North East Connected

How to Avoid Harvesting Hazards

The 2014/2015 Health and Safety Executive ( HSE) figures show that Agriculture is once again one of the most dangerous jobs in the country, and with the risks amplified during harvest season. Taking steps to alleviate risk is crucial to ensuring a smooth summer.  While harvest can be a stressful time regardless of how well prepared farmers are, making the right preparations is crucial to ensuring the safety of farm workers and equipment.

“With harvest season here, it is essential farmers take steps to avoid accidents, at what is one of the most dangerous times of the year,” says Patrick Quigley, account executive at H&H Insurance Brokers.

“At such a busy time of year, it is inevitable that risks increase and therefore it is essential to adapt accordingly, not only ensuring you are taking appropriate steps to manage these risks but also checking that you, your workers and your farm are properly covered.”

With harvest well under way, there are also less obvious dangers farmers need to be aware of, Patrick warns: “Accidents on the road involving farm machinery increase by 60% during harvest season as regular traffic grapples with the addition of large farm vehicles taking to the roads up and down the country.  These accidents can amount to costly repairs or payments, stalling the harvest and cutting into profit margins.”

It is crucial that farmers and farmworkers think more about how their own driving could impact on other road users.  Even though there are only a small percentage of agricultural vehicles involved in road accidents, the truth of the matter is that the effects of those accidents can be devastating, with the accidents involving farm vehicles and machines  being more likely to lead to fatality than those involving any other type of vehicle.

With this in mind farmers and farmworkers need to be fully aware of the frustration a slow moving vehicle can cause other road users, and they are encouraged to do everything they can to eliminate any chance of a resulting accident, by being considerate and vigilant.

Patrick goes on to say: “Point 169 of the Highway Code states, ‘do not hold up a long queue of traffic,’ but the real problem faced here by tractor drivers is that there is little available information on what constitutes a long queue.  The best advice we can offer is that drivers check their mirrors frequently and if they see a queue building, pull in at the first available opportunity, where it is safe, to let other road users pass.”

Other advice we can offer says Patrick is: “Ensure you and your workers are fully aware of the rules of the road in respect of tractor speed, mud on the road, tractor and trailer weights, young drivers, children in cabs and mobile phones.  By doing so you are doing everything you can to ensure safety on the road and safeguarding against very costly accidents.”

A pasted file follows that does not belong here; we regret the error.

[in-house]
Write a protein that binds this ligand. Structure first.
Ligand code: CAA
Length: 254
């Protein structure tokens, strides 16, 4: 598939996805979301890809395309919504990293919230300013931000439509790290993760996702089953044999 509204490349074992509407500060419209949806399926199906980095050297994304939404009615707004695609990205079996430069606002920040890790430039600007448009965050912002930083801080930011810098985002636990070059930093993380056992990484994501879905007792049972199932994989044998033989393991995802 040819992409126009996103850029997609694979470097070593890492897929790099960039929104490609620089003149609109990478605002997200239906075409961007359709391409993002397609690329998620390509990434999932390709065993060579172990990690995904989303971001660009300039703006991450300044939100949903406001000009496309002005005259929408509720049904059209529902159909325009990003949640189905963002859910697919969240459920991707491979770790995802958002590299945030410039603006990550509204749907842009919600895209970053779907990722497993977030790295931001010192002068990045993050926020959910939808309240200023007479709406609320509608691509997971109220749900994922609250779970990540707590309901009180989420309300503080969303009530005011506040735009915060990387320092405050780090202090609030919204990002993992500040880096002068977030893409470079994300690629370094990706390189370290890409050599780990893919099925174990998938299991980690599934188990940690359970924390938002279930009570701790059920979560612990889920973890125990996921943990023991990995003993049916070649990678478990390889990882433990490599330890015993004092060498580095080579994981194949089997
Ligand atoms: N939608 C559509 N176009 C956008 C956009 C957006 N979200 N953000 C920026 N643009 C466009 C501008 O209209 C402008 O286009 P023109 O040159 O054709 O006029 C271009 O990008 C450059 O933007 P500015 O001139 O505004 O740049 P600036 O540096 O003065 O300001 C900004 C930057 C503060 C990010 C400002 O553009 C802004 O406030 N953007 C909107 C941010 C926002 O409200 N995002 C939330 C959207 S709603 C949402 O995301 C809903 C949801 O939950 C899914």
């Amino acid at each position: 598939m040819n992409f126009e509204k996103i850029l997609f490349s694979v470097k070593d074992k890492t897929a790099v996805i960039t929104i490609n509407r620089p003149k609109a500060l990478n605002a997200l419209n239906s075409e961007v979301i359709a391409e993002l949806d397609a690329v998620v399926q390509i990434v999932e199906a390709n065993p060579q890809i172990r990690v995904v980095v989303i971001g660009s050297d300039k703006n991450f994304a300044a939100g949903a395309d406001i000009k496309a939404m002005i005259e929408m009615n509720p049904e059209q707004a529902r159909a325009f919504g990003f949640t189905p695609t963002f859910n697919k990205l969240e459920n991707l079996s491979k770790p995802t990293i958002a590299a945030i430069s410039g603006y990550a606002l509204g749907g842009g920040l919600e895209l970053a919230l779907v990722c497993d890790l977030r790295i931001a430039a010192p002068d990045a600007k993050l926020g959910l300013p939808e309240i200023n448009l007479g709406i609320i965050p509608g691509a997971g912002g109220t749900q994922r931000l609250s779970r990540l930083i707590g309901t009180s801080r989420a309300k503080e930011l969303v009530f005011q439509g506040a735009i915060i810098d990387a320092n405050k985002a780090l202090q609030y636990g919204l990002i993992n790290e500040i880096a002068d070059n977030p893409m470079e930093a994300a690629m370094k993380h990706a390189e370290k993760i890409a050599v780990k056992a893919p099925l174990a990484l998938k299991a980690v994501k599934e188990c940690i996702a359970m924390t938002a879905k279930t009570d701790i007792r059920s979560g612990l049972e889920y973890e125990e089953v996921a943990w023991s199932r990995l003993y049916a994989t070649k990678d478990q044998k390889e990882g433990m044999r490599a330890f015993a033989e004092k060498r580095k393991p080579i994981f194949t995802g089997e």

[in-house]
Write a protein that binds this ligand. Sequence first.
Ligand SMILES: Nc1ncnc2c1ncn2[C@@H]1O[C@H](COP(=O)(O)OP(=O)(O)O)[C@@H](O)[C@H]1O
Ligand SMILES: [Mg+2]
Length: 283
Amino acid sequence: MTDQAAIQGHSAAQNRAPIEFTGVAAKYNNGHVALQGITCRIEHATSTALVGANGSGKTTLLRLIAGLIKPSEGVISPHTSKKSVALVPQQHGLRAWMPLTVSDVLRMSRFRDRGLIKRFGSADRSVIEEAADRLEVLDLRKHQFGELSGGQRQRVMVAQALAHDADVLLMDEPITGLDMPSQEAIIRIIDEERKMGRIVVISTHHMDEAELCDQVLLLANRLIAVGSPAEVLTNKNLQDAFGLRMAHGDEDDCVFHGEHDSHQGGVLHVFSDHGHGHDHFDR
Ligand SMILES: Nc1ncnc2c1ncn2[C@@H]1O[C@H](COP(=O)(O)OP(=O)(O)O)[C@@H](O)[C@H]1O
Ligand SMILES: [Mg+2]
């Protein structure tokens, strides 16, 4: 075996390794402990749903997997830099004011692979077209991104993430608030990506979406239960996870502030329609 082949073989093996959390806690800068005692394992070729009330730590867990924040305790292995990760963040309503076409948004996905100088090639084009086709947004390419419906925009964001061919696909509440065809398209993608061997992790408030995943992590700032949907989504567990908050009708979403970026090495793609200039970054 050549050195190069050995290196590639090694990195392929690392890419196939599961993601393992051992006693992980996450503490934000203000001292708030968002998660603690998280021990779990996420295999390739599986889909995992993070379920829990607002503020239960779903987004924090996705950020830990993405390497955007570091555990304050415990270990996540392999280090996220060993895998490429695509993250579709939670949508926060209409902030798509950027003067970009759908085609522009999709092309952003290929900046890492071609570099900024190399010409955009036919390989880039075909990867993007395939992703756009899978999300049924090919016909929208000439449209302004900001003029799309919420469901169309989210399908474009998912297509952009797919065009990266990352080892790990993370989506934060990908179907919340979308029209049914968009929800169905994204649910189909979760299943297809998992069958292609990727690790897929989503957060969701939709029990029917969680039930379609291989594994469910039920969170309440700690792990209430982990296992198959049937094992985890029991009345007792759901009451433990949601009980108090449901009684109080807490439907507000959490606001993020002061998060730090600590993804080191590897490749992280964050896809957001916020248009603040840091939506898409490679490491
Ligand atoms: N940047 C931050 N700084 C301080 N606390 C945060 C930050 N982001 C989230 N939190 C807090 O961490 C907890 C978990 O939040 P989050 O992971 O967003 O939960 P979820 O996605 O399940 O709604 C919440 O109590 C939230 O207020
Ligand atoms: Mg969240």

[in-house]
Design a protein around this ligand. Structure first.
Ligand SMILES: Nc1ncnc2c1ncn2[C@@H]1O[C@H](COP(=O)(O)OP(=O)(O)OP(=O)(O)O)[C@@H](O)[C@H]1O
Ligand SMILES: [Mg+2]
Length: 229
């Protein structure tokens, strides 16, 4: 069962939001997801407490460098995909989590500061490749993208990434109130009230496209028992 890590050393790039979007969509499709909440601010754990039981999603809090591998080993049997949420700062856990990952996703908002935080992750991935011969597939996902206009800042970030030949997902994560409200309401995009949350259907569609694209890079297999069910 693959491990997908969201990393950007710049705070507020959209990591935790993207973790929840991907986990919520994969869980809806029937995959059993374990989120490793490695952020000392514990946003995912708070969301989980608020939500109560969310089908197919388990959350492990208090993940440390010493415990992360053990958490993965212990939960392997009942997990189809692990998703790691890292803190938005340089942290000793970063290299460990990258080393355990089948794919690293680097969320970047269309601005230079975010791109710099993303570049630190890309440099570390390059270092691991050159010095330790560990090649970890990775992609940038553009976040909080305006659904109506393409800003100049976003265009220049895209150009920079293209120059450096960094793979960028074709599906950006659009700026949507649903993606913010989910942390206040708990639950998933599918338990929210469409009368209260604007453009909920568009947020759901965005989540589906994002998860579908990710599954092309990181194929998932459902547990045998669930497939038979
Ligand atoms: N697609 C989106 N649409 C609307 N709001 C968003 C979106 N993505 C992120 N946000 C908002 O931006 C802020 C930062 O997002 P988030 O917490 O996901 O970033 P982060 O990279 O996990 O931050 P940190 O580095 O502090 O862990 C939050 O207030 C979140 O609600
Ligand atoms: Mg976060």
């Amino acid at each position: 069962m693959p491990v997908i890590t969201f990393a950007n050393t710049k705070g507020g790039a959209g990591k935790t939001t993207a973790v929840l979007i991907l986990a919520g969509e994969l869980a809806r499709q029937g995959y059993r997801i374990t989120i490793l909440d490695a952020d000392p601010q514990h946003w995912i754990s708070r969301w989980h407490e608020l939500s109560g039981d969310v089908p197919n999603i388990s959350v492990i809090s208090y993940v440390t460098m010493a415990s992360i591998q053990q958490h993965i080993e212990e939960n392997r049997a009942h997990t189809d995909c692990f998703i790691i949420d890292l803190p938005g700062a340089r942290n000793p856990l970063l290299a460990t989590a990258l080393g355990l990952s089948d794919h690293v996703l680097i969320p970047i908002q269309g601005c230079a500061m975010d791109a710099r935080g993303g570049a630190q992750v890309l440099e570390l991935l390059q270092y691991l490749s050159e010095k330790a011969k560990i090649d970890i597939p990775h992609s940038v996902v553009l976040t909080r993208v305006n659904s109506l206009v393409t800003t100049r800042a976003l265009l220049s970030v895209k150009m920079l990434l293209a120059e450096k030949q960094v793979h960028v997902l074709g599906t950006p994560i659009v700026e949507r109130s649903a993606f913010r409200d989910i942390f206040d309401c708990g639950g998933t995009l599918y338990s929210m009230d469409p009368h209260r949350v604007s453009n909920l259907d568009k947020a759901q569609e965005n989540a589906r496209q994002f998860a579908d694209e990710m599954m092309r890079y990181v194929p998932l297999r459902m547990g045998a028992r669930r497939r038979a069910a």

Harvest season not only brings its own problems on the road but also increased strain on workers, often alleviated by the hiring of temporary staff to ease the pressure. A basic level of knowledge for temporary staff, such as road safety, or an understanding of when machinery isn’t running properly is essential to ensure accidents are avoided wherever possible.  Most employers’ liability policies will cover temporary workers, but care should be taken to declare the additional wage roll at the annual renewal review.

Agriculture remains the most dangerous industry in the country, with farm workers taking the brunt of accidents that occur in the workplace. The 2014/2015 figures show that there were nine fatalities for every 100,000 workers in the agricultural sector, making it the most dangerous industry in the country.  Harvest season inevitably increases both the number of workers and the number of active machines on a farm, but there are ways to control risks, some being as simple as ensuring there are no loose fittings on machines – which can easily cause fires in dry weather.  Issues such as these may often be minor; however, they can become a nuisance and incur a number of unnecessary costs to both machinery and crops.

Harvest season is also a prime time for thieves who target agricultural machinery and sundry equipment. Insuring all equipment is crucial to protecting your farm from thieves and avoiding expensive replacements for uninsured property.

All farmers hope for good weather during harvest, however prolonged warm, dry weather can cause issues for machinery, leading to fires that can easily spread through dry straw. Baler fires are a particular risk, with the balers themselves requiring routine maintenance to lower the risks.  Most motor insurance policies will include attached and detached cover for trailed implements such as balers and mowers, but farmers should note that their insurance provider must be notified if your baler is worth over a certain amount.  Typically this is £30,000 although some insurers have recently increased this to £50,000.  Check with your insurance adviser if in doubt.

Some insurers also apply what they call ‘cumulative limits’ in a given location. This means that they impose a maximum sum insured of between £500,000 and £750,000 for agricultural vehicles and trailed implements for any one claim.  As the values of combine and forage harvesters continue to increase farmers should check these limits are not being breached as any claim may not be met in full.

Harvest season is integral to the livelihood of any farm; however it does come with added risks which must be acknowledged.  If farms are properly insured and farmers are aware of the risks they not only fulfil their role as responsible employers but also as responsible business owners.

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